Tuesday, 23 September 2014
Last updated 10 hours ago
Sep 13 2012 | 7:46am ET
The Hedge Fund Association wants the Securities and Exchange Commission to spell out its rules for investor verification for funds planning to advertise once an 80-year-old ban on the practice is lifted.
The recently passed Jump Start Our Business Start-ups Act proposed lifting the ban on hedge fund advertising while continuing to restrict investment to accredited investors.
The HFA welcomes the move to lift the ban but worries that regulations that are either too vague—the SEC has said managers must take ‘reasonable steps’ to ensure investors qualify— or too detailed could derail the JOBS Act’s original goal of increasing employment by making it simpler for private companies to raise money from investors.
“At the same time as lack of legal clarity can cripple businesses with uncertainty, clear laws which demand too much of investors and issuers can dampen the interest in allocating capital to private companies while greatly adding to fund managers’ operating expenses,” said HFA President Mitch Ackles. “In drafting final regulations, we ask the SEC to keep this in mind and to remember the original intent behind JOBS Act—to invigorate the economy.”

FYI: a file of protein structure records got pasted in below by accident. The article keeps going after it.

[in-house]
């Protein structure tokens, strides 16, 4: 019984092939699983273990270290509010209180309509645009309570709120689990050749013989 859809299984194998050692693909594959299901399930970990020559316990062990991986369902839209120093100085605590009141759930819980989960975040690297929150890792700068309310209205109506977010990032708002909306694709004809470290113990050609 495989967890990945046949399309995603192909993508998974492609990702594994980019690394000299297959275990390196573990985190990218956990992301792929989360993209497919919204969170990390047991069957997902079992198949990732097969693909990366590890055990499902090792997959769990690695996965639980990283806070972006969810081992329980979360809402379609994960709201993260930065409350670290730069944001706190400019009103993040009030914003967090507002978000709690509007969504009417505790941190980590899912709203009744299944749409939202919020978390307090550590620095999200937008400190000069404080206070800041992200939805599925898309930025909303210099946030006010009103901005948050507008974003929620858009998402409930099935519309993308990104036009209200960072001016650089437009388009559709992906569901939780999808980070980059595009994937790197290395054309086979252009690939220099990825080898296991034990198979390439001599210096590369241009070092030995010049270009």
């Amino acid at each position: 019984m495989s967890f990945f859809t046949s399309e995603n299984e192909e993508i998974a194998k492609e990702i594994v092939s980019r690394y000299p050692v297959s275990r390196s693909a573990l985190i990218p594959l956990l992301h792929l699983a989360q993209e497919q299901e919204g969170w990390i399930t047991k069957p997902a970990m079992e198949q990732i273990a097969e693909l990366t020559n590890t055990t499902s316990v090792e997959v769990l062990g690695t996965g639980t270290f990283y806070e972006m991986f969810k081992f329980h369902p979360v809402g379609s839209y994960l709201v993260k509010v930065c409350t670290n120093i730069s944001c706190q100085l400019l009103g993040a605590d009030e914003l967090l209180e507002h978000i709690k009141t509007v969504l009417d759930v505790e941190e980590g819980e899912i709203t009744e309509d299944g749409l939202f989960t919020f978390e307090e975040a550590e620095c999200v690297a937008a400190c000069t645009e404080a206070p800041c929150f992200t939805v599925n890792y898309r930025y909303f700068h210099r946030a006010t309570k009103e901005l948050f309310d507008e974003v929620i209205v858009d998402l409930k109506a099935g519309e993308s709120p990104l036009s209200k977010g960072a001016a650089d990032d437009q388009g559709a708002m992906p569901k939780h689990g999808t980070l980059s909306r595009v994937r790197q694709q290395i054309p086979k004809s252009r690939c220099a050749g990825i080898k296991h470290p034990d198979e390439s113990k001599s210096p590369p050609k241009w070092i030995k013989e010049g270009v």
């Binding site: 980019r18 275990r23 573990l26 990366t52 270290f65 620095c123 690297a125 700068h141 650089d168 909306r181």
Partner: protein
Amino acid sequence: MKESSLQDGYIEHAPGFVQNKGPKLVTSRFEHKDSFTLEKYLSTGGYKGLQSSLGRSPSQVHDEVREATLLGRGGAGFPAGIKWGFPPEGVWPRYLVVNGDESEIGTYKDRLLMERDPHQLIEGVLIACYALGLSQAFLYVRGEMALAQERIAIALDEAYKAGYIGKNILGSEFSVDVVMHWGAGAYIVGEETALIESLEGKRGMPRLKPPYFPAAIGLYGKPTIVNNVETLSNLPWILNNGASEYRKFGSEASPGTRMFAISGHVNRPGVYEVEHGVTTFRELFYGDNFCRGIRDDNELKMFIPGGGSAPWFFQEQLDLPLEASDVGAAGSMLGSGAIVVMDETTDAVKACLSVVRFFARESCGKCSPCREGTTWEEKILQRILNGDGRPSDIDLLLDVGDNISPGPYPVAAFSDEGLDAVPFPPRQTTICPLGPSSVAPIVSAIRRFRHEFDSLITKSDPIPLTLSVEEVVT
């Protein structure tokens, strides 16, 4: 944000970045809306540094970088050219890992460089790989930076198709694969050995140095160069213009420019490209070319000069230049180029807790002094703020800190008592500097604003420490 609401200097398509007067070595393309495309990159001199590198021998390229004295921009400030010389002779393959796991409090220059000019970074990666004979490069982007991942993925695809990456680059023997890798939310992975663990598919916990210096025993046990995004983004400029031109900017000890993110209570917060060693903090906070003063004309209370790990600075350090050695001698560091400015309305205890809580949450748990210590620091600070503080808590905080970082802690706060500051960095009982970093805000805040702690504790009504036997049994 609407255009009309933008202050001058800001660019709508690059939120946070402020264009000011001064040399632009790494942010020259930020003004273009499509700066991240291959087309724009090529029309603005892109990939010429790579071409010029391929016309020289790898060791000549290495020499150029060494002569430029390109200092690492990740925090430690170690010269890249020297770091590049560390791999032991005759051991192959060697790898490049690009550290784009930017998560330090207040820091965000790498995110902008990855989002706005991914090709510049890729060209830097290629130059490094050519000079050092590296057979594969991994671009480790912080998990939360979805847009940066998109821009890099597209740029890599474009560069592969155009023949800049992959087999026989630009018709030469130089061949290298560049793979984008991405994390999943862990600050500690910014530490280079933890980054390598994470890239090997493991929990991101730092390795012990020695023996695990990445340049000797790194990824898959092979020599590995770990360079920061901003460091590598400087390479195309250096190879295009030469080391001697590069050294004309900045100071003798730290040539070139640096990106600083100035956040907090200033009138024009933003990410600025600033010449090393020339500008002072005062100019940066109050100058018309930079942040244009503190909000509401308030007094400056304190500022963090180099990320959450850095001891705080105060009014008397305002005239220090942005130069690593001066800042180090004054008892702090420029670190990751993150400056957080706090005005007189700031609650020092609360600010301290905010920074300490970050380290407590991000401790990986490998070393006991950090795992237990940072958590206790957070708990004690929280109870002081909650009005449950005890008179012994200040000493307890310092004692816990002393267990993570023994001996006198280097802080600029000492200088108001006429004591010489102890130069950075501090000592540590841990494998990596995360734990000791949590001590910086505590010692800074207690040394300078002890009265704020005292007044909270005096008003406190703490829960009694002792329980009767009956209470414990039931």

In a letter to the SEC, the HFA suggested accrediting would “ideally” involve an investor signing a subscription agreement affirming that he or she is an accredited investor and providing “a detailed description of the reason why the investor made that claim.”
The group also asked the SEC to coordinate with another regulatory body, the Commodity Futures Trading Commission, in drafting its investor accreditation rules.
Aug 25 2014 | 11:21am ET
As many of you know, FINalternatives was recently acquired by the owners of Futures magazine, a firm called The Alpha Pages LLC. Today marks the soft-launch of a new sister site for both publications. As its name suggests, The Alpha Pages will cover all types of alternative investments, going far beyond the more well-known ones such as hedge funds and private equity. Read more…
Credit default swaps brought down the London Whale and cost JPMorgan $6.2 billion. Here is how it happened.